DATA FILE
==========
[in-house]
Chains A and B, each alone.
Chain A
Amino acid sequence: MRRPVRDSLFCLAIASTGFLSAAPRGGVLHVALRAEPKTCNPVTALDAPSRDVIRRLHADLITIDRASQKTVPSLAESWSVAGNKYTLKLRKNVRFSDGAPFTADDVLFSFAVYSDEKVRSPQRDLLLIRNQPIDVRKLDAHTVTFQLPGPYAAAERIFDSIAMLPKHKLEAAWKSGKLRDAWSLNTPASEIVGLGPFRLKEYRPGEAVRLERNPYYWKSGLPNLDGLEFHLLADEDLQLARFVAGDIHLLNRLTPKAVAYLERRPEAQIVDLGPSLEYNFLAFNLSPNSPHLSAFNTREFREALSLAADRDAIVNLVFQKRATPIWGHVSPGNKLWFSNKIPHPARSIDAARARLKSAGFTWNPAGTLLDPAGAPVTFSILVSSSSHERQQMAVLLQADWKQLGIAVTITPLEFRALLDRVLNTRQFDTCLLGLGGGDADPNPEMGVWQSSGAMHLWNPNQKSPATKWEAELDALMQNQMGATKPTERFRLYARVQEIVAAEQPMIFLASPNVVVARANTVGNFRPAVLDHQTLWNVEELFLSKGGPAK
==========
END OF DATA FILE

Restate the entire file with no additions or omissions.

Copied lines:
[in-house]
Chains A and B, each alone.
Chain A
Amino acid sequence: MRRPVRDSLFCLAIASTGFLSAAPRGGVLHVALRAEPKTCNPVTALDAPSRDVIRRLHADLITIDRASQKTVPSLAESWSVAGNKYTLKLRKNVRFSDGAPFTADDVLFSFAVYSDEKVRSPQRDLLLIRNQPIDVRKLDAHTVTFQLPGPYAAAERIFDSIAMLPKHKLEAAWKSGKLRDAWSLNTPASEIVGLGPFRLKEYRPGEAVRLERNPYYWKSGLPNLDGLEFHLLADEDLQLARFVAGDIHLLNRLTPKAVAYLERRPEAQIVDLGPSLEYNFLAFNLSPNSPHLSAFNTREFREALSLAADRDAIVNLVFQKRATPIWGHVSPGNKLWFSNKIPHPARSIDAARARLKSAGFTWNPAGTLLDPAGAPVTFSILVSSSSHERQQMAVLLQADWKQLGIAVTITPLEFRALLDRVLNTRQFDTCLLGLGGGDADPNPEMGVWQSSGAMHLWNPNQKSPATKWEAELDALMQNQMGATKPTERFRLYARVQEIVAAEQPMIFLASPNVVVARANTVGNFRPAVLDHQTLWNVEELFLSKGGPAK